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Commissioner Lee: Don’t want to ‘rubber stamp’ election certification

By Kelcie Hartley - | Jul 11, 2022

Kelcie Hartley, Daily Herald

Utah County commissioners, from left, Bill Lee, Tom Sakievich and Amelia Powers Gardner participate in a Utah County Commission meeting on Wednesday, June 29, 2022.

Utah County Commissioner Bill Lee plans to address concerns he has about the election result certifying process at Tuesday’s Board of Canvassers meeting.

Lee and Commissioners Tom Sakeivich and Amelia Powers Gardner all serve as members of the Board of Canvassers, who are supposed to vote to certify the GOP primary election results that occurred two weeks ago.

In an interview with the Daily Herald, Lee said he wanted to clarify “misguided information” in an article published early Monday by The Salt Lake Tribune.

The article questioned the motives Lee may have to seek cast vote record, or CVR, information from the Utah County Clerk’s office. The information is a sum of votes cast without voters’ personal information, Lee said, although Utah County Clerk/Auditor Josh Daniels told the Tribune the release of such data potentially runs counter to the Utah Constitution.

The Tribune article tied Lee to election fraud conspiracy groups. Lee lost to his challenger, Brandon Gordon, by fewer than 2,000 votes.

Lee said he requested the CVR documents last week, reasoning that it’s his job as a board of canvasser member to make an informed decision before voting to certify the election and not be a rubber stamp. He questioned the certifying process and said he believes having an outside party audit the election results would calm public fears on election security.

“I sit on the Board of Canvassers, and I take that seriously,” Lee said. “I’ve had questions about the canvassing rule over the years. It’s always been kind of loose about what it means. For the most part, it means the canvassers, the county commissioners, are supposed to trust and not verify, which I think is backwards because it’s set up for the canvassers to have the ability to have a process to say that we feel comfortable with the election.”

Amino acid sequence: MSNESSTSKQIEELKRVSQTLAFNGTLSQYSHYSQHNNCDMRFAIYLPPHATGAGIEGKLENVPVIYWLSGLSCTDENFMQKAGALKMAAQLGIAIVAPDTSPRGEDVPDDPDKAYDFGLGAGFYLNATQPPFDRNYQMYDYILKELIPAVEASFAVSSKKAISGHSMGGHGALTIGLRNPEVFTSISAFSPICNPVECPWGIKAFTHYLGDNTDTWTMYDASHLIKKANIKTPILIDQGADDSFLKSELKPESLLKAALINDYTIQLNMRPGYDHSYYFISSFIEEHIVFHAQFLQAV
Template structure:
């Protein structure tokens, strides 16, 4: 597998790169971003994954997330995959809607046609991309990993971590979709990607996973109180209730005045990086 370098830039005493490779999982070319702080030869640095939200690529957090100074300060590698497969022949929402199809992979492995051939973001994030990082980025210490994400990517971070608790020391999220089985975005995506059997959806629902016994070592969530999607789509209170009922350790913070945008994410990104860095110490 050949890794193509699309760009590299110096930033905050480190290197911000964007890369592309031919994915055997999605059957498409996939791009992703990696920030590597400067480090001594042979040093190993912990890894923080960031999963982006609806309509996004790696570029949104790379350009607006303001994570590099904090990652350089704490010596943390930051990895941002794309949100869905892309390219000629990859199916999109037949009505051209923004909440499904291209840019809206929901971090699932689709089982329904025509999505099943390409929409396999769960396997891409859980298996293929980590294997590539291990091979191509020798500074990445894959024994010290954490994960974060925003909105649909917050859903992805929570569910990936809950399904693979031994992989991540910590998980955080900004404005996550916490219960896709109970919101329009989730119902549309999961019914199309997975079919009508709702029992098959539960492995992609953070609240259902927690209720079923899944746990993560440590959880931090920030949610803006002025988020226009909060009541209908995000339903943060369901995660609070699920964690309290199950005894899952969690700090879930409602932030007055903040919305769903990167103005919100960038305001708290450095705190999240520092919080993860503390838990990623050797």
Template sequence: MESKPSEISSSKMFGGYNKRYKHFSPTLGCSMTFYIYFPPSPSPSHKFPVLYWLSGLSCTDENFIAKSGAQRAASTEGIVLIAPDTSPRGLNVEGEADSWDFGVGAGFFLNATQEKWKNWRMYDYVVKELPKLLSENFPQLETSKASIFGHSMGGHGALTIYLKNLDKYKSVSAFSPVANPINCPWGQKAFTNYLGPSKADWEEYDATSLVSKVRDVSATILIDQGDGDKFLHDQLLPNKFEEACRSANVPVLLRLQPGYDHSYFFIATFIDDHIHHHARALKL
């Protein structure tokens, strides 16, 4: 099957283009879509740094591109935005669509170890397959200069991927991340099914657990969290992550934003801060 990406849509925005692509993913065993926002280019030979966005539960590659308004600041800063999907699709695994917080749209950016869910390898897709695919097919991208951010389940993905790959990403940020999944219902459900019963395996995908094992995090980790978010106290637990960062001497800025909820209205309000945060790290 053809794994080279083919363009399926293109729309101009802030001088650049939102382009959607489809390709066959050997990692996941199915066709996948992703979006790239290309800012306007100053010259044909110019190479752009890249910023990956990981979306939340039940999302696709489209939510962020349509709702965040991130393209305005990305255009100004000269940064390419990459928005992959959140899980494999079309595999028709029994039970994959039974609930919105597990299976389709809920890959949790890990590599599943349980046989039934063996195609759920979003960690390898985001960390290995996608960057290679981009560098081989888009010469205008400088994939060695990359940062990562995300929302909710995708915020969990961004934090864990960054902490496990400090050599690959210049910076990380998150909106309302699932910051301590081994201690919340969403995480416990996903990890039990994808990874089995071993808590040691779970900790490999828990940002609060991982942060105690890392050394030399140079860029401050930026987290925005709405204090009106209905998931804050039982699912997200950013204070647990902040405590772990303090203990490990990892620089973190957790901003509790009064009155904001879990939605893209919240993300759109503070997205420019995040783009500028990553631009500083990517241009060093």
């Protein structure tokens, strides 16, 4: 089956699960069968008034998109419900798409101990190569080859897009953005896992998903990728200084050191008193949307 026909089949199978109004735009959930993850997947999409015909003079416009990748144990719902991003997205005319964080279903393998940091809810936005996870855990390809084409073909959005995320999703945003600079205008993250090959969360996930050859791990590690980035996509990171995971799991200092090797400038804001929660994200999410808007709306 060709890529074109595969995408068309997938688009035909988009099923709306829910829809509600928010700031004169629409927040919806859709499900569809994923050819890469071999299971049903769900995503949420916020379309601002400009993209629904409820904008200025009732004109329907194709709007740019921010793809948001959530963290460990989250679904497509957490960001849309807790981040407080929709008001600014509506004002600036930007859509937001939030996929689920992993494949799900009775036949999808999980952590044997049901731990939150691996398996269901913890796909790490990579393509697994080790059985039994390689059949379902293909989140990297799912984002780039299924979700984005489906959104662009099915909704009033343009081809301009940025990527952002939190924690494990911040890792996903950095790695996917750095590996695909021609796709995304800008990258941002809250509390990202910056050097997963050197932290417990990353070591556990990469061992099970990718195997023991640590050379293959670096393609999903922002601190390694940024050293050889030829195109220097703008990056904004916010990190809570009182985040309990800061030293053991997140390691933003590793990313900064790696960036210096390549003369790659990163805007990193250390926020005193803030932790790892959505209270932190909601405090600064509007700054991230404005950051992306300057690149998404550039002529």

Lee gave the example that state Legislature requires county commissioners to have an outside audit performed in the county’s financials. He feels something similar should be done for election results.

“It gives us confidence that someone else is looking at this as well and if there are fraudulent things happening, hopefully they will spot it,” he said. “Again, I’m not a certified public accountant and to just say, ‘You looked at it as commissioners and you voted on it, therefore it’s good,’ doesn’t mean the process is right. We hire out for professionals who deal with many areas. For me, when I’m looking at one of the most important processes that we deal with for elections, we are asked to trust and not verify.”

Having an outside source complete an audit would also prevent any board member from making their decision based on personal reasons, Lee claimed.

“That’s why there’s beauty of having an audit come in and look at everything all the way through,” he said. “It holds so much weight because if we had an outside firm, hired by the commission, come through and do a report showing that everything checked out and then I was to say I’m not certifying, that would be a problem.”